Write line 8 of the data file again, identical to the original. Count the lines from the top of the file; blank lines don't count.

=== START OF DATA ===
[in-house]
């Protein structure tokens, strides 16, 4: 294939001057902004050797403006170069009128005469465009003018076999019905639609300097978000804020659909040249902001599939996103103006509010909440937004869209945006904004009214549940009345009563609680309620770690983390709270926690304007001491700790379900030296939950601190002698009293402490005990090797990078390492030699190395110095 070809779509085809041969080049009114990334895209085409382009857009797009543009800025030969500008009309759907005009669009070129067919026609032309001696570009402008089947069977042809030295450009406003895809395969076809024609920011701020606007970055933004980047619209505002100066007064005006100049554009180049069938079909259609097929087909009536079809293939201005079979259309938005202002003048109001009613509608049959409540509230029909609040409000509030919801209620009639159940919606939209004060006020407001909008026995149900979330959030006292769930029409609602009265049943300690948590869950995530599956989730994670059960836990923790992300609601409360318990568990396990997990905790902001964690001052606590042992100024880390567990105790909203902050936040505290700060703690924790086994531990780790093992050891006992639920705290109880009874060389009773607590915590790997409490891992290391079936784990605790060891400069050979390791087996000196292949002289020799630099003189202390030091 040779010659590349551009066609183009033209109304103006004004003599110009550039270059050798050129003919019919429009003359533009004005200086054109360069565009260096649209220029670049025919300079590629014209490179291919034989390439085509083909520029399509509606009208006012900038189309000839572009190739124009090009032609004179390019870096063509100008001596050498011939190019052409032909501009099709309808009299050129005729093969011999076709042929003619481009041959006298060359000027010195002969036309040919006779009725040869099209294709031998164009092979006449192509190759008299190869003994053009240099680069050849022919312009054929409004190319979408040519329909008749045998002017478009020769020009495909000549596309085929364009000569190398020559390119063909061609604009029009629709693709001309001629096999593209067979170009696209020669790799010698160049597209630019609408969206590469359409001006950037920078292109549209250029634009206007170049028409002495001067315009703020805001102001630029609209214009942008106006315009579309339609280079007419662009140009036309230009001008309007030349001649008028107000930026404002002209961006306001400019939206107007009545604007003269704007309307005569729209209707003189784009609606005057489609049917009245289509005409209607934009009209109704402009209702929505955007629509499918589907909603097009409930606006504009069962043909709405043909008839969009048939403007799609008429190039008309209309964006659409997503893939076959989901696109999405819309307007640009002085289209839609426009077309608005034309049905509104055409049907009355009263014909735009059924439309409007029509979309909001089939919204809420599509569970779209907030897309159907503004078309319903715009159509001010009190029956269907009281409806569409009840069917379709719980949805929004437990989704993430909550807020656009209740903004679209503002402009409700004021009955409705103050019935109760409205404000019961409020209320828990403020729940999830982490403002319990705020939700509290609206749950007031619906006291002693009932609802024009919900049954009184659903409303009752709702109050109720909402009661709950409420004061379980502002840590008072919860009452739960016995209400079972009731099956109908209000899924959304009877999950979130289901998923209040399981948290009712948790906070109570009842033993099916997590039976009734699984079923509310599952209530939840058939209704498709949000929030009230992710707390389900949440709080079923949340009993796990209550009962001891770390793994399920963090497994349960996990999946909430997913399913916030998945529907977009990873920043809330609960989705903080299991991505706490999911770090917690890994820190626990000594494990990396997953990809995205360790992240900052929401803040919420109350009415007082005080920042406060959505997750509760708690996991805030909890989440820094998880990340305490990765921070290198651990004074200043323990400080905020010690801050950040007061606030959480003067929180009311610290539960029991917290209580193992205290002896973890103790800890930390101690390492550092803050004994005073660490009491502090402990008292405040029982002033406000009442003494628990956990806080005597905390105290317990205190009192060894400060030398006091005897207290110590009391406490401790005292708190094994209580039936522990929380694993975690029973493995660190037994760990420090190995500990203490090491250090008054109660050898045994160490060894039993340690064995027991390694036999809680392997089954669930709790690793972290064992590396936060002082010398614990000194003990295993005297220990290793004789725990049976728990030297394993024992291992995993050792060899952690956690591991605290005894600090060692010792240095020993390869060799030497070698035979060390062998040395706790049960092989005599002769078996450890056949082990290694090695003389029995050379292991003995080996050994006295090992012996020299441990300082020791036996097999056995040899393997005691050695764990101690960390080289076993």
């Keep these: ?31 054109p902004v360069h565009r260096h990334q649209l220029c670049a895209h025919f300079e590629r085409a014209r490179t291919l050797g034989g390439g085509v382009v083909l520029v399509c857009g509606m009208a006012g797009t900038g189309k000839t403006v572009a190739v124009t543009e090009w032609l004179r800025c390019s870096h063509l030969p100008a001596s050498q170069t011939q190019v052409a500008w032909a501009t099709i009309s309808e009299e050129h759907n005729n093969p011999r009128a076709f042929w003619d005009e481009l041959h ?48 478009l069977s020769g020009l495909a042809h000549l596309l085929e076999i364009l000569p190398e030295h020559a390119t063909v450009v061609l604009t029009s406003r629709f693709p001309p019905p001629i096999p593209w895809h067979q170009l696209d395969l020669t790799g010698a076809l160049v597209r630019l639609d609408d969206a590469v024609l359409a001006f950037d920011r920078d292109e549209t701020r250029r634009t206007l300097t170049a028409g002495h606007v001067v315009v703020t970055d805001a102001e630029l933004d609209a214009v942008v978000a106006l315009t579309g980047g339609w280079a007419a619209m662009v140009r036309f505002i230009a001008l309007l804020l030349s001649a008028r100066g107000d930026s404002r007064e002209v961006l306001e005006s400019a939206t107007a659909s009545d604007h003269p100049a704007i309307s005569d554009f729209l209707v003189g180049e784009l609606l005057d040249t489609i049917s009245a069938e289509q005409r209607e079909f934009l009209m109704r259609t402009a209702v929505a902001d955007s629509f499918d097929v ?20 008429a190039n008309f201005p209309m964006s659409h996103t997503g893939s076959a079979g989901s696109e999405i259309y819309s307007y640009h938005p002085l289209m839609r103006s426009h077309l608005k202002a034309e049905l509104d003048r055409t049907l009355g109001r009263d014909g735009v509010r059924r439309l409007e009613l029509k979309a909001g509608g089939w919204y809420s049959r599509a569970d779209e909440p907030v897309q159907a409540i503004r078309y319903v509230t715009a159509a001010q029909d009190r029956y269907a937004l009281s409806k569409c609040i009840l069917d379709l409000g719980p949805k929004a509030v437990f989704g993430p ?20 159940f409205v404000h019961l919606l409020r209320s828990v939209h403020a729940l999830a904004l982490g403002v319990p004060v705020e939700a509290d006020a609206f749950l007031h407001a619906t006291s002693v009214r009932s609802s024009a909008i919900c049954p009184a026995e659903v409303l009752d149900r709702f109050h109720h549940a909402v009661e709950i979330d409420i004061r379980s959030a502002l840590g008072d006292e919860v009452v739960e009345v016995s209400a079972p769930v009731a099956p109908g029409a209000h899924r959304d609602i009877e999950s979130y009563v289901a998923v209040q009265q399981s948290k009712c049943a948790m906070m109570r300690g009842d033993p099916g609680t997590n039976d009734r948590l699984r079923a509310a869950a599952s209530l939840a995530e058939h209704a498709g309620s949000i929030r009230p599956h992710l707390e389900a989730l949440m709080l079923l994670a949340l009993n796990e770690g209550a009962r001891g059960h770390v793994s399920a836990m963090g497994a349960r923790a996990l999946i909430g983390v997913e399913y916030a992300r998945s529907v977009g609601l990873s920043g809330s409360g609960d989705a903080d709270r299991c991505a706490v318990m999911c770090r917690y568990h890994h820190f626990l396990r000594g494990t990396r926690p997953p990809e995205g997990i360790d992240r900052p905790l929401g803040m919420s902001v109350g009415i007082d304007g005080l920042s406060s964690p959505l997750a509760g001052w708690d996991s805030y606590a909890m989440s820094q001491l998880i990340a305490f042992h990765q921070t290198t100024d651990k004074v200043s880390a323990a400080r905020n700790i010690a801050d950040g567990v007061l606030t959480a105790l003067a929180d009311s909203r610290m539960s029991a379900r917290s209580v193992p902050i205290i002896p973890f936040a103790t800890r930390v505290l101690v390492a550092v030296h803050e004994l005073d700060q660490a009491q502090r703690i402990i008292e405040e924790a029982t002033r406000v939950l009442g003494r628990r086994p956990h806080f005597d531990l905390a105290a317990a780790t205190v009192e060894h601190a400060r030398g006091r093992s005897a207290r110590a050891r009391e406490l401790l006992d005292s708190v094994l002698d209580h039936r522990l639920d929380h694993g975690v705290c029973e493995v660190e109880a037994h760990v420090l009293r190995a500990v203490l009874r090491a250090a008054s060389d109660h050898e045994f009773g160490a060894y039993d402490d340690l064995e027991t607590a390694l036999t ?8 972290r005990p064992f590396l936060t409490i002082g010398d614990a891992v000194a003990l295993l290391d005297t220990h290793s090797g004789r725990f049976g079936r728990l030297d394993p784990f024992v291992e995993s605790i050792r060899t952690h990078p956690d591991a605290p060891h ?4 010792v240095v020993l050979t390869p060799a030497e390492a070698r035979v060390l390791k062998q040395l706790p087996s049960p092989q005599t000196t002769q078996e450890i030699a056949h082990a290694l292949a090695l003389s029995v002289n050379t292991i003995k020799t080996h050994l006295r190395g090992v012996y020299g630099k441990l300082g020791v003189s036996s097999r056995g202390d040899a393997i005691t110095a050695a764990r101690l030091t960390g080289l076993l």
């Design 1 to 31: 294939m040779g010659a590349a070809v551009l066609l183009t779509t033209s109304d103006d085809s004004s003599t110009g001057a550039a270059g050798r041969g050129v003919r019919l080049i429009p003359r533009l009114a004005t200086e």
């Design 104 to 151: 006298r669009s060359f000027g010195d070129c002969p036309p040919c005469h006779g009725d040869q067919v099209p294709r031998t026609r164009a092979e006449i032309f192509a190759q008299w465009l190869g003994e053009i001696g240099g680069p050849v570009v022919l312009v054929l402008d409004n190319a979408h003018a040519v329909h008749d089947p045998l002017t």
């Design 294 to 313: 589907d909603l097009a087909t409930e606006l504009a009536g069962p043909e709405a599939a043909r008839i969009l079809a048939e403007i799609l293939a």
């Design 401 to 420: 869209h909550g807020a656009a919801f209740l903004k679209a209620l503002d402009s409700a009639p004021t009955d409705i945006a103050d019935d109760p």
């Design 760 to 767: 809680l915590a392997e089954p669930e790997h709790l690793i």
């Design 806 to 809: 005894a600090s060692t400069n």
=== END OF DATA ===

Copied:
């Design 760 to 767: 809680l915590a392997e089954p669930e790997h709790l690793i």